Leaked ACTA text confirms suspicions
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Deutsch: [Durchgesickerter ACTA-Text bestätigt Verdacht | http://www.unwatched.org/node/1720]
The text of the digital chapter of the Anti-Counterfeiting Trade Agreement
was published on 21 February 2010, following news articles from IDG News
Service issued a few days before.
The text of the draft digital chapter confirms that there are several
problems with the draft agreement and many of the assurances given on the
topic were somewhat “economical with the truth”.
These “economies” were on display again during a discussion between the
Commission Head of Unit responsible for the dossier, Luc Devigne and the
International Trade Committee of the Parliament. Mr Devigne explained that:
– there is no ACTA text, so there is nothing that the Commission could share
with the Parliament
– ACTA is about enforcement and not about changing substantive law
Mr Devigne was also quite economical with answers. He failed to answer
– the failure to implement the relevant provisions of the Lisbon Treaty with
regard to transparency
– the fact that US lobbyists had access to the ACTA documents but not the
– if ACTA would require ordinary citizens to be excluded from the scope of
certain border measures or would simply allow for this to be the case
– if ACTA would lead to criminal sanctions, including prison, for people
that recorded films in cinemas
– if ACTA would criminalise an individual who, for example, created an open
source programme to open all documents on all formats, thereby (without
commercial interest) circumventing technical protection measures.
He also repeated the meaningless statement that “ACTA is not meant to
undermine civil liberties”, which simply means that this was not the
original intent of the negotiations and does not, quiet obviously, exclude
Unsurprisingly, the unclear, ambiguous and “economical” answers lead to an
angry reaction from Parliamentarians. The little information that MEP Carl
Schlyter (Greens, Sweden) was able to glean from Mr Devigne’s answers was,
he said, contrary to information that had previously been provided by
Commissioner De Gucht. Consequently, he requested that the Commissioner
attend future discussions instead of Devigne.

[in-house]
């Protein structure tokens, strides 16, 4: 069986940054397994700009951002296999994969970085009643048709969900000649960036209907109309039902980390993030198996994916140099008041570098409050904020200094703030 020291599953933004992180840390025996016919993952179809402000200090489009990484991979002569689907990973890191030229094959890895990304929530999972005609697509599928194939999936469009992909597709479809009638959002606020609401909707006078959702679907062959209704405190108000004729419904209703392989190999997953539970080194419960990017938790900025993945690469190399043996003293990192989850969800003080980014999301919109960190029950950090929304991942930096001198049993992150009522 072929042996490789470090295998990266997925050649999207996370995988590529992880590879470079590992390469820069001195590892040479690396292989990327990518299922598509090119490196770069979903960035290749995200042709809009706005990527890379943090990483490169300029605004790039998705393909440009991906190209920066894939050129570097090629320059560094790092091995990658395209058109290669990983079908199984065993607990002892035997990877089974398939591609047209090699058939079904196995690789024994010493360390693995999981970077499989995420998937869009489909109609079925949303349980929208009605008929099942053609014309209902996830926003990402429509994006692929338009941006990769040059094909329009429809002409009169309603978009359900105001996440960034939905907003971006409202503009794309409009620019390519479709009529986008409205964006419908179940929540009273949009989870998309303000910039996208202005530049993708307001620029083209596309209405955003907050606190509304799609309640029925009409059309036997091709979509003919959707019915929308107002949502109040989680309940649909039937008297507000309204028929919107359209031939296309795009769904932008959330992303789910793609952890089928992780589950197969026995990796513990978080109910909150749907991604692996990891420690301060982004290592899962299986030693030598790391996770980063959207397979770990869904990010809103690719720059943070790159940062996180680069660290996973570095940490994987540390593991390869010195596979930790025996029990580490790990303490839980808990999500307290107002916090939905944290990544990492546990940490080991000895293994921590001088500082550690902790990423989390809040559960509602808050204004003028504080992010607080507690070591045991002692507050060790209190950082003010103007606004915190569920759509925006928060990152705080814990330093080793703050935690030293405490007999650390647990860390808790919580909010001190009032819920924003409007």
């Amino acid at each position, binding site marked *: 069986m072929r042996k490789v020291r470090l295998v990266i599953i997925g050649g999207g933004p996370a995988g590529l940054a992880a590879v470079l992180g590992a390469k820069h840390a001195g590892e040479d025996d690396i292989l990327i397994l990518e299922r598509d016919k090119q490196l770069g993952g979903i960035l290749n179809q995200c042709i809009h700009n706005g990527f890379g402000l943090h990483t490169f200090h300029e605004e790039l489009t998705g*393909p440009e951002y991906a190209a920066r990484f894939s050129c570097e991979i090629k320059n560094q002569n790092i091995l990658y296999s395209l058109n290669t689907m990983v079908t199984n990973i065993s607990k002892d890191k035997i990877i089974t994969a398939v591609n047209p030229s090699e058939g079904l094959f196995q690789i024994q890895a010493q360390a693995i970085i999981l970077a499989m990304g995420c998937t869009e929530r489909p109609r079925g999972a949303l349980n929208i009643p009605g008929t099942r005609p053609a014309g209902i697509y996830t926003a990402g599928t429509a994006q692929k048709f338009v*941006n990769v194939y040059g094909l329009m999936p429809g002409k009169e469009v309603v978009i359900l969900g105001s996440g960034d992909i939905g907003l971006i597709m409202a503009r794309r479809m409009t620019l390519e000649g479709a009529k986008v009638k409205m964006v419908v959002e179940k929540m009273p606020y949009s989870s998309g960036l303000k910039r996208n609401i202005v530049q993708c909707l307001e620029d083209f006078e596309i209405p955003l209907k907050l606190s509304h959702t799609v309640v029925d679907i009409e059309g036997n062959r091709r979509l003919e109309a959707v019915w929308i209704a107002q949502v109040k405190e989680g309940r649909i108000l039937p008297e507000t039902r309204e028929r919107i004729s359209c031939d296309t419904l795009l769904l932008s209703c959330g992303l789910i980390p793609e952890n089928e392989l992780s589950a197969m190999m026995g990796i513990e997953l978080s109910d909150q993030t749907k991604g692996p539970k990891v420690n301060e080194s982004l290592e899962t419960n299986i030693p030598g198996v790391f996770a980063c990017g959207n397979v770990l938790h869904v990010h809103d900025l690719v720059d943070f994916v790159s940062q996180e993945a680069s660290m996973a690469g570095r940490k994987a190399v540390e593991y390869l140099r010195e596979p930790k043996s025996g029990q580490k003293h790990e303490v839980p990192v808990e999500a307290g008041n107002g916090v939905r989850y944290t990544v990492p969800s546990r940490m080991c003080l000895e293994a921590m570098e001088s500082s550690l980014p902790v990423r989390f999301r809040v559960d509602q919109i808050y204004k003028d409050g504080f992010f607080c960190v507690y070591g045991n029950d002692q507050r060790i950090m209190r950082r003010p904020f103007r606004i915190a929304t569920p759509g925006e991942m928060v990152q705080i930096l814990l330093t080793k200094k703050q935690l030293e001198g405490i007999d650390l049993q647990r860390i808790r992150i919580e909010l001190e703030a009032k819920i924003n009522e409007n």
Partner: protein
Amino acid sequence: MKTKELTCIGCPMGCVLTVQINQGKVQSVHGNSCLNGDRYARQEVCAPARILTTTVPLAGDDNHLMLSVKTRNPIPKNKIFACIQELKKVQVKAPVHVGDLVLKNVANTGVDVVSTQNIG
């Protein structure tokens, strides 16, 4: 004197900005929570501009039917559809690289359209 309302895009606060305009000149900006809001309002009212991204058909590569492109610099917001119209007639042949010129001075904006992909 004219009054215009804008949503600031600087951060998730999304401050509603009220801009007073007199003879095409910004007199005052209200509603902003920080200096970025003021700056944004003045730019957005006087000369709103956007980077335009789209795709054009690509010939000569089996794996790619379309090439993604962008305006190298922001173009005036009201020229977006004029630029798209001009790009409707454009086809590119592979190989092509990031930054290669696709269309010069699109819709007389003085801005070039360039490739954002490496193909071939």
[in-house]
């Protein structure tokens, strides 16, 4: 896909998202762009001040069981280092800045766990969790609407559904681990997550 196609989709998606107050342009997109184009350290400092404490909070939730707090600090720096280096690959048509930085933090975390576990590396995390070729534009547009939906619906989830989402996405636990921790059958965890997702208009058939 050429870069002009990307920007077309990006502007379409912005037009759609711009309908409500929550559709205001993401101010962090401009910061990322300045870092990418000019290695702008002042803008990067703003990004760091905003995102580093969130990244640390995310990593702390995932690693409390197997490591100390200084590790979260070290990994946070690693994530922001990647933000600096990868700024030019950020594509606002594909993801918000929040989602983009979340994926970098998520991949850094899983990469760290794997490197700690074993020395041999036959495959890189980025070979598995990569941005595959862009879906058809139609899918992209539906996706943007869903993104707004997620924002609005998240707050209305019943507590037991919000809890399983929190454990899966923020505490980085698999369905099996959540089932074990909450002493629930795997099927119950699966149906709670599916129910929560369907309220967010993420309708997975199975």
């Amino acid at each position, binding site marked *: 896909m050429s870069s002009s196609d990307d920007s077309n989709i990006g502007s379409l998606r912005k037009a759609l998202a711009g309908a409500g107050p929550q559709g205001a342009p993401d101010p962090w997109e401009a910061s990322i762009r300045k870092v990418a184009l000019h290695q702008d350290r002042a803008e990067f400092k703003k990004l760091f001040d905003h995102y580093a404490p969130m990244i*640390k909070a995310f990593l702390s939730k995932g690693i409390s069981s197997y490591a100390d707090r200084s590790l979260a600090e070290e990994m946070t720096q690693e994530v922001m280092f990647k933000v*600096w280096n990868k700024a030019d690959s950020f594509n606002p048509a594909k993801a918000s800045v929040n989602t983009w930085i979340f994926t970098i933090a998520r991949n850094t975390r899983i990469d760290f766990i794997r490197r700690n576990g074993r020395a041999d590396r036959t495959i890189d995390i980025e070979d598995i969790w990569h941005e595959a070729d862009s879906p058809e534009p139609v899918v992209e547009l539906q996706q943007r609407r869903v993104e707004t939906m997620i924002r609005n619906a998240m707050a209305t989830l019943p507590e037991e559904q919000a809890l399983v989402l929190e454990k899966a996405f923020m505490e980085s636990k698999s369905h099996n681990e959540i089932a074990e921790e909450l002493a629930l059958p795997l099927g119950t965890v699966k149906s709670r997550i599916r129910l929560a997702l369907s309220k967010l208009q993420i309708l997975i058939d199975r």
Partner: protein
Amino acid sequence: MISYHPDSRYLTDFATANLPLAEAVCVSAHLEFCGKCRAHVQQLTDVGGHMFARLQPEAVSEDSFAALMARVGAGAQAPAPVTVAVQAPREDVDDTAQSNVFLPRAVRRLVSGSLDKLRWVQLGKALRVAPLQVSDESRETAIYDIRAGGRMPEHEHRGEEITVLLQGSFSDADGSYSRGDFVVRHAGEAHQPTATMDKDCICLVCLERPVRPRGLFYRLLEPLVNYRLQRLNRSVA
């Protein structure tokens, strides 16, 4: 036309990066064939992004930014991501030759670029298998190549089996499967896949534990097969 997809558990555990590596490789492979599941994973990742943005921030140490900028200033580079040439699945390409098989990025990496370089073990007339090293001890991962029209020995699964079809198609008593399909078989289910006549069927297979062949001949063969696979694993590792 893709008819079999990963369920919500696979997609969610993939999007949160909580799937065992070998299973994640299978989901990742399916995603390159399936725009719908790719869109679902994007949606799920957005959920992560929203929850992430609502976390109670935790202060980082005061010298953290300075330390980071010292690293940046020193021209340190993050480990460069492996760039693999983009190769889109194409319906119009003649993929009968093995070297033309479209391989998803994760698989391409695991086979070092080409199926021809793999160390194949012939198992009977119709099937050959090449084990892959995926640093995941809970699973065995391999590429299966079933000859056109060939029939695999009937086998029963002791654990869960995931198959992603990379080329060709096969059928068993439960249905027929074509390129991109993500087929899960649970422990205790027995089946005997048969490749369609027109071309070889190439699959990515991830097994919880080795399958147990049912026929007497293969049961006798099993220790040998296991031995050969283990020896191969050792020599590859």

EDRi has prepared a public FAQ on ACTA in order to better explain why the
agreement is endangering human rights in Information Society.
EDRi explains that the treaty is not just about counterfeiting, because it
also covers a far greater range of issues, including mandated penalties for
non-commercial copyright infringement, worldwide Internet regulation and
world trade in generic medicines.
The leaked document talks mostly about copyright infringement. Although
the document is vague on whether non-commercial infringements are included,
provisions from the Border Measures section previously made public indicate
that the definition of counterfeiting will change current international
norms and expand the scope beyond catching organised criminal networks
smuggling goods that this agreement is purported to target.
The leaked ACTA chapter includes a “three-strikes” Internet disconnection
approach for alleged repeating copyright infringers. The document makes
clear that the US negotiators intend that ISPs would be required to adopt
threes strikes Internet disconnection policies in order to get the benefit
of “safe harbours” or limitations on lSPs’ liability for copyright
The proposal would require countries to adopt criminal measures, which are
outside the body of the harmonised EU legislation. When read alongside the
criminal measures provisions made public earlier in the ACTA negotiations,
many concerns arise about the increased criminalisation of activities
online. Without robust proportionality principles and with insufficient
consideration of civil liberties and human rights protections, ACTA is a
threat to ordinary behaviour on the Internet. The ineffective strategy of
deterrence without balance undermines the legitimacy of the law.
After the new chapter of ACTA has leaked, an Opinion from the European Data
Protection Supervisor (EDPS) explained that the current three strikes
proposals may be incompatible with the current data protection requirements.
The EDPS complained that he was not involved by the European Commission in
the debates on this treaty and declared: “Whereas intellectual property is
important to society and must be protected, it should not be placed above
individuals’ fundamental rights to privacy and data protection. A right
balance between protection of intellectual property rights and the right to
privacy and data protection should be ensured. It is also particularly
crucial that data protection requirements are taken into account from the
very beginning of the negotiations so as not later on having to find
alternative privacy compliant solutions.”
The next round of negotiations will take place in New Zealand on 12-16 April
2010. Parties agreed tentatively to a 5 day round, covering a detailed
discussion on Internet, civil, customs and penal measures.
Leaked ACTA draft reveals plans for internet clampdown (19.02.2010)
Leaked ACTA chapter on Internet
EDRi FAQ on ACTA (22.02.2010)
Opinion of the European Data Protection Supervisor on the current
negotiations by the European Union of an Anti-Counterfeiting Trade Agreement
Anti-Counterfeiting Trade Agreement: EDPS warns about its potential
incompatibility with EU data protection regime (22.02.2010)
(contribution by Joe McNamee – EDRi)